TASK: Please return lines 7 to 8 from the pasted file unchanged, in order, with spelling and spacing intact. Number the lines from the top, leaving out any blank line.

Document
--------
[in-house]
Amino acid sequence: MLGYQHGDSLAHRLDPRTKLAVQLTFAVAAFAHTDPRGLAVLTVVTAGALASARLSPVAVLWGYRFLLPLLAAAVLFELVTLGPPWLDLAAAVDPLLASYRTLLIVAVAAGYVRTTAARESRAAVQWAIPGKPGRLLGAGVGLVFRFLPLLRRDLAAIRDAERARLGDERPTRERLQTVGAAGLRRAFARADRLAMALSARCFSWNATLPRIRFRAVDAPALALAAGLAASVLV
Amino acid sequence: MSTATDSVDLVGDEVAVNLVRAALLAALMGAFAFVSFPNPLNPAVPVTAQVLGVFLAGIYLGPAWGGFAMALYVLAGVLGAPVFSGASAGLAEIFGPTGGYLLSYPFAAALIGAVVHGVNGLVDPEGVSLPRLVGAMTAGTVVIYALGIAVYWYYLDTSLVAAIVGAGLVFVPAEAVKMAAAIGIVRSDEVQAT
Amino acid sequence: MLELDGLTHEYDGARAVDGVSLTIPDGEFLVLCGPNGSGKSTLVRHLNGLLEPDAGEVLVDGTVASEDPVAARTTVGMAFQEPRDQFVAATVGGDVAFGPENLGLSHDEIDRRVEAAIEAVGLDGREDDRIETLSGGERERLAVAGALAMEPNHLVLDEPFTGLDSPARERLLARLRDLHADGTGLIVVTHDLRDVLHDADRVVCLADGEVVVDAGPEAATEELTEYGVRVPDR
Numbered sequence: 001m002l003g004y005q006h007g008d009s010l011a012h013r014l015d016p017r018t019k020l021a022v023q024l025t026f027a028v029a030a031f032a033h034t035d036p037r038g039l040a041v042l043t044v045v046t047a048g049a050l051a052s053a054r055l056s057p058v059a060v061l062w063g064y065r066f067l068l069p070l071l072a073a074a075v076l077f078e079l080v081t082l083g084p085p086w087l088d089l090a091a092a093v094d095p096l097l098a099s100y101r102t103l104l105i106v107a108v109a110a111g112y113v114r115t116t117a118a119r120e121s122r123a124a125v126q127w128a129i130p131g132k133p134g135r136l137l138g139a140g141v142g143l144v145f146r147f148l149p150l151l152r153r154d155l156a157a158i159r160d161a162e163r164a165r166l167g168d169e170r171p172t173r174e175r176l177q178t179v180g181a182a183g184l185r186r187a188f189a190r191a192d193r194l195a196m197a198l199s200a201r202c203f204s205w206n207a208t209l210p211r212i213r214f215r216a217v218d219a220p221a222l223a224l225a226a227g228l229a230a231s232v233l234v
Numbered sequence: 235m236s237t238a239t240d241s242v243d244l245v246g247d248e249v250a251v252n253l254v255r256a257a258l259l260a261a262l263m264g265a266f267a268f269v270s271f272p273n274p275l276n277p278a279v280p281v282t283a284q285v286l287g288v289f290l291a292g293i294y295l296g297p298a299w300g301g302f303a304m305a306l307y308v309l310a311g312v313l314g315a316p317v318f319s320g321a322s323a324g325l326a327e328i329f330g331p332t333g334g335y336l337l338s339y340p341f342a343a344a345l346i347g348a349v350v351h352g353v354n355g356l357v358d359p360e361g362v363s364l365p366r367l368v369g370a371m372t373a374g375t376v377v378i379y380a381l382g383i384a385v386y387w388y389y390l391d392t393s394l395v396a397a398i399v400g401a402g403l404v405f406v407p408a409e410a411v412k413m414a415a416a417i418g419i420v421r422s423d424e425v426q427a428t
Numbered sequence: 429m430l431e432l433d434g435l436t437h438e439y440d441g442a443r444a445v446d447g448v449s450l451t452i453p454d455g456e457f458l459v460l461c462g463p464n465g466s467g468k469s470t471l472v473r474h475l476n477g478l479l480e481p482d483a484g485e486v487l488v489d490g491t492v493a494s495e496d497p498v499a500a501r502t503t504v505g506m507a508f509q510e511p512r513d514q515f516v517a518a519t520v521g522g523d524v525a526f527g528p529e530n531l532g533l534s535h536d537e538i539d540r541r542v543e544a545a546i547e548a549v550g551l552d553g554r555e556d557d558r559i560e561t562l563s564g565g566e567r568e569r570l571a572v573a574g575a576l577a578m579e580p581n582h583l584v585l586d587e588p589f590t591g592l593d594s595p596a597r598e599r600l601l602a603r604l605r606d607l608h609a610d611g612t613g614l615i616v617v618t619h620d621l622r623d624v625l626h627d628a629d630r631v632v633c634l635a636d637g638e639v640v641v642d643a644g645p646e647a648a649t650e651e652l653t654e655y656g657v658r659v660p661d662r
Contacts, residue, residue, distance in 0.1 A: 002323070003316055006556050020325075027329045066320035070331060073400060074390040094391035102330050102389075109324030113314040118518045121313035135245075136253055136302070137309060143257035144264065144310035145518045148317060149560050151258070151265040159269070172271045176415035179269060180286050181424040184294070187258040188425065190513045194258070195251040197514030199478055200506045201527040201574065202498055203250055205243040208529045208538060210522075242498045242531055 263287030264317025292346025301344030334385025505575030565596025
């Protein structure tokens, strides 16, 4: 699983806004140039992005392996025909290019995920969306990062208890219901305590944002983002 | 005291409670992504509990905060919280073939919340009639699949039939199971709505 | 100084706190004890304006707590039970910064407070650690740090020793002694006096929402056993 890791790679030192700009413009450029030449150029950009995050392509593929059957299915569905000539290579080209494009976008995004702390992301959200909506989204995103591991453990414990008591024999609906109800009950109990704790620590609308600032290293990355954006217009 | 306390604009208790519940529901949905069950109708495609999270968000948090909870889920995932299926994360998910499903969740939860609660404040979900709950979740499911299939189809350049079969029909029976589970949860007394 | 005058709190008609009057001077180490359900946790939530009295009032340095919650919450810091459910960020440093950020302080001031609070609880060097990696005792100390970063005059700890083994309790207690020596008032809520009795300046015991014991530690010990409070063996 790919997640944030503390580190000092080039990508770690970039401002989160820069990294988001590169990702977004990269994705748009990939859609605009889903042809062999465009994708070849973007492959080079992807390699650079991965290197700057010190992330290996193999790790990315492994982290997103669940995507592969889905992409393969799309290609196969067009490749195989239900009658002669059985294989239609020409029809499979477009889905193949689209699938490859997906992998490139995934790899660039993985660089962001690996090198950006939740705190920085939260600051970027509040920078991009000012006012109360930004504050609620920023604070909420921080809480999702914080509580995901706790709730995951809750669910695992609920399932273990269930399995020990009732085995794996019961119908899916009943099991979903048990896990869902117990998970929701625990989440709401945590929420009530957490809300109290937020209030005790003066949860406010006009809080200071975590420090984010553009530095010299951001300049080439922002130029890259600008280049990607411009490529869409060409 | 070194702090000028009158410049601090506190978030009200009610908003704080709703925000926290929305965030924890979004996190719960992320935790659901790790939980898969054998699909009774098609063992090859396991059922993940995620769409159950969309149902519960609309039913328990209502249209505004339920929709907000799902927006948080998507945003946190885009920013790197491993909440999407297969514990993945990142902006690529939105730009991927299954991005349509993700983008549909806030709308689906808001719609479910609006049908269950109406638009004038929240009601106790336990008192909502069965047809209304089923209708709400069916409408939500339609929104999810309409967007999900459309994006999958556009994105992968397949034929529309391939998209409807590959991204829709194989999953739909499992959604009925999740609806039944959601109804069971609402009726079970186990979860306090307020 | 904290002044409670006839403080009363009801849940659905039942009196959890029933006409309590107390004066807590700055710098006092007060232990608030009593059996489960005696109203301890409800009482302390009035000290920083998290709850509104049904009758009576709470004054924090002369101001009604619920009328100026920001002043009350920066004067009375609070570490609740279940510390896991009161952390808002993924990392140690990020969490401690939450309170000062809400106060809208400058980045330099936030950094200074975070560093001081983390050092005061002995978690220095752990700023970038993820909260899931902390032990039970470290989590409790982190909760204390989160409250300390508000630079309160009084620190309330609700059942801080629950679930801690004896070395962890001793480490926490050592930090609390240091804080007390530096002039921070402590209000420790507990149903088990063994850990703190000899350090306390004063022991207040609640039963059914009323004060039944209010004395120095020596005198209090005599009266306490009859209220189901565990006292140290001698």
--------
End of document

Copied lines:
Numbered sequence: 429m430l431e432l433d434g435l436t437h438e439y440d441g442a443r444a445v446d447g448v449s450l451t452i453p454d455g456e457f458l459v460l461c462g463p464n465g466s467g468k469s470t471l472v473r474h475l476n477g478l479l480e481p482d483a484g485e486v487l488v489d490g491t492v493a494s495e496d497p498v499a500a501r502t503t504v505g506m507a508f509q510e511p512r513d514q515f516v517a518a519t520v521g522g523d524v525a526f527g528p529e530n531l532g533l534s535h536d537e538i539d540r541r542v543e544a545a546i547e548a549v550g551l552d553g554r555e556d557d558r559i560e561t562l563s564g565g566e567r568e569r570l571a572v573a574g575a576l577a578m579e580p581n582h583l584v585l586d587e588p589f590t591g592l593d594s595p596a597r598e599r600l601l602a603r604l605r606d607l608h609a610d611g612t613g614l615i616v617v618t619h620d621l622r623d624v625l626h627d628a629d630r631v632v633c634l635a636d637g638e639v640v641v642d643a644g645p646e647a648a649t650e651e652l653t654e655y656g657v658r659v660p661d662r
Contacts, residue, residue, distance in 0.1 A: 002323070003316055006556050020325075027329045066320035070331060073400060074390040094391035102330050102389075109324030113314040118518045121313035135245075136253055136302070137309060143257035144264065144310035145518045148317060149560050151258070151265040159269070172271045176415035179269060180286050181424040184294070187258040188425065190513045194258070195251040197514030199478055200506045201527040201574065202498055203250055205243040208529045208538060210522075242498045242531055 263287030264317025292346025301344030334385025505575030565596025